Very few of us have the kind of resources that allow us to effortlessly accomplish any goal. Whether a quest or personal project, all the way to starting a new business, constraints stand in the way.
But are constraints always bad? Can they, in fact, be enabling and even desirable?
Consider the case of IKEA founder Ingvar Kamprad, during the very early days. Kamprad couldn't afford the price of goose down for the affordable comforters that he wanted to sell. Instead he turned to Chinese chicken farmers.
The farmers typically plucked the chickens and burned the feathers. Kamprad persuaded the farmers to sell the feathers to him on the cheap. The farmers made additional money, and the constraint turned into a coup. A classic win-win.
This story is just one of many highlighted in the book A Beautiful Constraint: How To Transform Your Limitations Into Advantages, and Why It's Everyone's Business. As you may guess, the authors argue that constraints are not only surmountable, they can result in more innovative and abundant solutions than having the necessary resources in the first place.
The book outlines three steps that we all go though in the face of constraints:
- Victim: The initial reaction to lower your ambition when faced with a constraint.
- Neutralizer: The refusal to lower your ambition, and instead finding a different way to achieve the ambition instead.
- Transformer: Using a constraint as an opportunity, possibly even increasing your ambition along the way.
Keep in mind, these are not three types of people, they're three stages that people can go through. The only difference between those gifted with the “art of hustle” and everyone else is a mindset that more easily sees problems as opportunities. Which means you can develop that mindset.
Let me give an example from my own entrepreneurial journey. In 2001 I had the idea to create a virtual real estate brokerage out of a few content-rich websites. The model was powered by people searching online for homes, and we supplied buyer agents to represent them in the showings and negotiations — no brick-and-mortar presence needed.
Despite being a licensed attorney at the time, Texas still required all new licensees to be an agent for two years before becoming eligible to upgrade to broker. That typically means working for an existing brokerage, and that wasn't going to work for me. Given my qualifications, it was easy to feel unfairly victimized.
I neutralized the issue by partnering with a commercial broker who was the friend of a friend. I paid him a small passive percentage to be my sponsoring broker, and he let me do my thing. He was okay with this since my legal training and experience far surpassed what was required of even brokers.
From there, I transformed my initial model thanks to the insights I gleaned from that relationship. I ended up bringing in another commercial broker, and we moved beyond homes into representing buyers of apartment complexes. My business quickly grew and became more sophisticated, all because I wasn't allowed to do things the “easy way” from the beginning.
Now, every situation is different, but some things are universal. Instead of backing off your goals at the first “insurmountable” constraint, think of it instead as an opportunity to not only overcome the obstacle, but to transform your initiative into something more ambitious and abundant.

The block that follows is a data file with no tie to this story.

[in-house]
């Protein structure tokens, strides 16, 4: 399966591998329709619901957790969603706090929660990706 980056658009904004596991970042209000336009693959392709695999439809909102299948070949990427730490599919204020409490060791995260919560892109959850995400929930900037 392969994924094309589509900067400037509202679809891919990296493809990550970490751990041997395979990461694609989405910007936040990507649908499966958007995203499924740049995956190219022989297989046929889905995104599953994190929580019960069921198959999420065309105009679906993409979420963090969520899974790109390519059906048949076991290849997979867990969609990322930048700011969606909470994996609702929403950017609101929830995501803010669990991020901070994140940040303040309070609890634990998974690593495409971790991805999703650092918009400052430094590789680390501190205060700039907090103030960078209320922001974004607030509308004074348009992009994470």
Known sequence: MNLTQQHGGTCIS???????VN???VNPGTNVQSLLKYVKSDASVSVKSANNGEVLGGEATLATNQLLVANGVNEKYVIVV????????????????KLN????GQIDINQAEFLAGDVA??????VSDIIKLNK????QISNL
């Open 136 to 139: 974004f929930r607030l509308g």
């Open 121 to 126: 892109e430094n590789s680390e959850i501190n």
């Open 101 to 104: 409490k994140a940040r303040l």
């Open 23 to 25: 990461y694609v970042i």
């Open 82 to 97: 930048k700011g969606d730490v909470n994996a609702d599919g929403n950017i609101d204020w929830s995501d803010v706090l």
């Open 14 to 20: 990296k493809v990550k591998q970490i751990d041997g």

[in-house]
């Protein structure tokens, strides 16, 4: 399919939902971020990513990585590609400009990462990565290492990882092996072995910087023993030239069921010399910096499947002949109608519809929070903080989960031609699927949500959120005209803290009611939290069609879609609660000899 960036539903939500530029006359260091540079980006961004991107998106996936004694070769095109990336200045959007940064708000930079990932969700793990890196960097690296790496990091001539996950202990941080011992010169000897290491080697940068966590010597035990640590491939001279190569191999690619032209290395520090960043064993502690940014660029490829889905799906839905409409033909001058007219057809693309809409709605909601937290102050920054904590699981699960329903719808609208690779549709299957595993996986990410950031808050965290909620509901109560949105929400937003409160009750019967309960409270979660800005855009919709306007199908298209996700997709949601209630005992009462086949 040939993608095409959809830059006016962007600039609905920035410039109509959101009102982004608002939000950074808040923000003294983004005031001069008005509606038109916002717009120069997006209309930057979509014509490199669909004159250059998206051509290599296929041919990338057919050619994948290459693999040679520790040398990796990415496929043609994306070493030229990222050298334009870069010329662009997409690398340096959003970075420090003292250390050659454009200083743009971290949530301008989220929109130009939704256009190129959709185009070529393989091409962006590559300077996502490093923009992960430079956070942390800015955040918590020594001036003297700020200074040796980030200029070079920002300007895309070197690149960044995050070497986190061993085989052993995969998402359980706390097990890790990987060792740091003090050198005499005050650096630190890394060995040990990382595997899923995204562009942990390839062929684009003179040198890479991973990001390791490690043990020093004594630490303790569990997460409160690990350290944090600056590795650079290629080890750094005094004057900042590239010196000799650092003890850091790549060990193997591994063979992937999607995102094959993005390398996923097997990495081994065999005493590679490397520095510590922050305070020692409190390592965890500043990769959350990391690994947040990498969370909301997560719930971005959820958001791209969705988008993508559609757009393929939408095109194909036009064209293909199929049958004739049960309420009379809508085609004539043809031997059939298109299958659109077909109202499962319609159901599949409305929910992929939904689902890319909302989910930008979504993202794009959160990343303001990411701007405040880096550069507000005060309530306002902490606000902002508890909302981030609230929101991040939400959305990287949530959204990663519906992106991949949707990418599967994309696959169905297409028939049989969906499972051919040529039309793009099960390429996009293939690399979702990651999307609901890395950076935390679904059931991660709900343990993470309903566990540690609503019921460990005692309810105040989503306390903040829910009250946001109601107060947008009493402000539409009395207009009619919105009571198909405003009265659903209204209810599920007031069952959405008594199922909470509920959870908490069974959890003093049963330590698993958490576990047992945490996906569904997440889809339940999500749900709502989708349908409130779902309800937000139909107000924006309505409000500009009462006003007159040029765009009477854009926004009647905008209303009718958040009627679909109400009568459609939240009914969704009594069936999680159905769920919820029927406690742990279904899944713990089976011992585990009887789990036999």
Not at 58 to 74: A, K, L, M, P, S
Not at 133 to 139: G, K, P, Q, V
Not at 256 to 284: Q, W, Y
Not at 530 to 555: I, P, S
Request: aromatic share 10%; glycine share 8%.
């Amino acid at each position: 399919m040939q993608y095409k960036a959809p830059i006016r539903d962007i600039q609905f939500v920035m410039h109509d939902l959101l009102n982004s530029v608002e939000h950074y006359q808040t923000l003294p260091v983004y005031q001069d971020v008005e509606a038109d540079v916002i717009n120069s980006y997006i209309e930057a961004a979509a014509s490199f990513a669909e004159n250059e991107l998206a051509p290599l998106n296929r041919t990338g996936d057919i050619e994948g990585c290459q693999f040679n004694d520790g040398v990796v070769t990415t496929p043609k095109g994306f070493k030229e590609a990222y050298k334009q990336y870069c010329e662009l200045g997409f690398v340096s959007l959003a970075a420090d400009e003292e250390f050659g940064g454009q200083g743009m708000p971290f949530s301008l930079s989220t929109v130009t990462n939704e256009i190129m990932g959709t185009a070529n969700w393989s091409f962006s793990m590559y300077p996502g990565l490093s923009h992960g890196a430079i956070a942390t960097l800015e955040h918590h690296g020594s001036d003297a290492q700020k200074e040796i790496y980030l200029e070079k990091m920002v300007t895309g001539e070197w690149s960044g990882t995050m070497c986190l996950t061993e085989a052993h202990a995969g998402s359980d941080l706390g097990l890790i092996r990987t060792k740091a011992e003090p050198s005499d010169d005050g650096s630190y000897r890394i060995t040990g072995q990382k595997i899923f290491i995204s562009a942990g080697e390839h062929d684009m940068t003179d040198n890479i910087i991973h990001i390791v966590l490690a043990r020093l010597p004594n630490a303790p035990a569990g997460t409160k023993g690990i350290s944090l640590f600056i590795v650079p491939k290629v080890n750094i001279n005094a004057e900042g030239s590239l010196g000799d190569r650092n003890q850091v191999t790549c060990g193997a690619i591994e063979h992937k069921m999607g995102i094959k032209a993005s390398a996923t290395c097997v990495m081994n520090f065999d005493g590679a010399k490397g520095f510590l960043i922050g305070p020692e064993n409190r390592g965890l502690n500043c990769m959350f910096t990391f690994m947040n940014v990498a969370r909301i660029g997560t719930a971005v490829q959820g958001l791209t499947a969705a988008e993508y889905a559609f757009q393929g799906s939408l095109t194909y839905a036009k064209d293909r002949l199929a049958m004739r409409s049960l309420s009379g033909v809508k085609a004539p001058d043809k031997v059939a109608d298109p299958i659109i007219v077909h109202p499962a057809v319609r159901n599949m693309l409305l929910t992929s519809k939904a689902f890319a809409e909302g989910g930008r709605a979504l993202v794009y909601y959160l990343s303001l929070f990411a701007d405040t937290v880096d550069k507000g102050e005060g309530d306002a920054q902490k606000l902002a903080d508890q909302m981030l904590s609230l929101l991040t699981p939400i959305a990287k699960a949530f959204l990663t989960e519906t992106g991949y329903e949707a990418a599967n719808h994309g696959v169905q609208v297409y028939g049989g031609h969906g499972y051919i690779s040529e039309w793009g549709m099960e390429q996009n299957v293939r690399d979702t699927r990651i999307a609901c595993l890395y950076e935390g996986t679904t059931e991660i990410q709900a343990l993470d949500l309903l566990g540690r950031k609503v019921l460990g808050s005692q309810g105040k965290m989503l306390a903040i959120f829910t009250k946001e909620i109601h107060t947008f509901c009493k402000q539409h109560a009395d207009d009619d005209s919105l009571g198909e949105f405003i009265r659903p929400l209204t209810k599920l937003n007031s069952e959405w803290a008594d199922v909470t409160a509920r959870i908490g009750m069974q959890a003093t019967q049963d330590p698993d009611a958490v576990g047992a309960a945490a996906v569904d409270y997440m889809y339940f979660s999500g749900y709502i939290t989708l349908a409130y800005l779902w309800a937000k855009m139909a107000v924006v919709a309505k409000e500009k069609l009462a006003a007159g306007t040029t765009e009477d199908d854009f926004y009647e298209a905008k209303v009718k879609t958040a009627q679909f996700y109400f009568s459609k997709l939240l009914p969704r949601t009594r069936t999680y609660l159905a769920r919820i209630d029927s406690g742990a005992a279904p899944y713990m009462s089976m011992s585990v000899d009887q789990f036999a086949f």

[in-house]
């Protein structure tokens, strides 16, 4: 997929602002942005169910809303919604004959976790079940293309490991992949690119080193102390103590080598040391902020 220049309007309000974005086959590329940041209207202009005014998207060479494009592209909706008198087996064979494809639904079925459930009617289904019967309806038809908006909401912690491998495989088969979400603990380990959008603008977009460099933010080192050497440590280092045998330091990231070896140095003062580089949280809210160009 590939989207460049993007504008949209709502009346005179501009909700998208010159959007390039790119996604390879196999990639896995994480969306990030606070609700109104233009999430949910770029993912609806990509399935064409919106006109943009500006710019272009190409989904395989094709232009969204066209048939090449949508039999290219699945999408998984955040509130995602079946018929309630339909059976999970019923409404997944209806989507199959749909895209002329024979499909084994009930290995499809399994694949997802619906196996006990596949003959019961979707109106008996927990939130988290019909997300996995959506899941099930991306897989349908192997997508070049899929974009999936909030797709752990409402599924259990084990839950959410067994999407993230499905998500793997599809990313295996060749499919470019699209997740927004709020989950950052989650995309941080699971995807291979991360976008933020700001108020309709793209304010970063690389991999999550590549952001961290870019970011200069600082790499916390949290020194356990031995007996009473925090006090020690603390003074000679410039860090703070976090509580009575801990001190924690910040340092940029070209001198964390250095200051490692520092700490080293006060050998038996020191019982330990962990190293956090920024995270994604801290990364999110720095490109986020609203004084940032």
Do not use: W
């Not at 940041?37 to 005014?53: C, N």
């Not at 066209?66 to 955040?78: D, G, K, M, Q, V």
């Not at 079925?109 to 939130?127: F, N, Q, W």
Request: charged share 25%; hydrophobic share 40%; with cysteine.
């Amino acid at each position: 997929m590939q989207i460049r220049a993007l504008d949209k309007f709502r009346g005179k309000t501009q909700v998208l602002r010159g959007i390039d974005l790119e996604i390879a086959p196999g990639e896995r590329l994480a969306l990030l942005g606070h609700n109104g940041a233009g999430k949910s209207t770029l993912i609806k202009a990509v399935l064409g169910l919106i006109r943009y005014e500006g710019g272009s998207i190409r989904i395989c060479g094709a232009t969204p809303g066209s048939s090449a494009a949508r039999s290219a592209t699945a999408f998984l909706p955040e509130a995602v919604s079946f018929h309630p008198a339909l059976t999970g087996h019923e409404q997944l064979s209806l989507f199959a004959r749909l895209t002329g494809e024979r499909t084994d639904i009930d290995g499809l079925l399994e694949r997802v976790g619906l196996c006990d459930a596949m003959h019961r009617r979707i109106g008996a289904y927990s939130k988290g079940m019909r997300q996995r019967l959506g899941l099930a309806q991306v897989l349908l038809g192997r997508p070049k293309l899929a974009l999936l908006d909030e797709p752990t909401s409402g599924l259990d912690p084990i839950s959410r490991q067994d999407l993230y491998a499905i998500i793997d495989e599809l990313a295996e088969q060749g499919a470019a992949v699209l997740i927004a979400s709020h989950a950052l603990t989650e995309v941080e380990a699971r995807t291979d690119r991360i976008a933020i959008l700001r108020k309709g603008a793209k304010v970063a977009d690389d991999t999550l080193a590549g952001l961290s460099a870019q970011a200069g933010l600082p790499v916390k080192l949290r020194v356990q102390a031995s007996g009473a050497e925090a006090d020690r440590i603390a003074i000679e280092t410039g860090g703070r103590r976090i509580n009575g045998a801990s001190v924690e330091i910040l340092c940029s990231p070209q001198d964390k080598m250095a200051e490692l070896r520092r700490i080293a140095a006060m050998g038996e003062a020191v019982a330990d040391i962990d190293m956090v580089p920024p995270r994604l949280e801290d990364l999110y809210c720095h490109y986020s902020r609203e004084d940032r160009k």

This is another example of staying with the problem longer. The first step is simply knowing that you don't have to remain a victim of circumstance.
- A Beautiful Constraint: How To Transform Your Limitations Into Advantages
- Proof That Constraints Can Actually Make You More Creative
- How Constraints Make You Better: Why the Right Limitations Can Boost Performance
Part of the reason I've never taken venture capital (or even invested large amounts of my own money) to start any of my businesses is that I grew to love the challenge of the constraint. I truly believe that in most cases, you'll find a better way to approach things without the illusion that a big pile of cash is the best way to solve problems.
Plus, I used to be a control freak. Much better now. 😉
A high-profile group of futurists is exploring the possibility of extending human life (the ultimate constraint). How will they do it? Treat the body like a computer: How to Hack Your Body to Live Past 120
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The popular conception in our culture is that to succeed, your work must consume and define you. I certainly fell for that trap for too long. You might be surprised that many highly successful people actually create strict boundaries between work and “who they are”: How to Make Sure Your Work Does Not Define You.
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Many of us spend our time trying to minimize surprises in our drive to optimize our lives. That may be smart in some cases, but it might also be sapping some of our joy. Science explains why surprise brings us pleasure.
“You’ve probably heard the advice on test-taking before: Always go with your first instinct! But there’s a problem with this often-repeated piece of folk wisdom: It is not actually true, according to several decades of scientific studies investigating its veracity.” When Your First Instincts Are Probably Wrong.
Can you train your brain to deliver moments of insight that seem to pop up without your conscious awareness? You'll have to read this to find out: How to Harness the Science of Sparking Ideas. And while we often speak of “light bulb” moments, learning actually looks more like lightning bolts in the brain.
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Until next week, go out and create some abundance. Check out the archives here.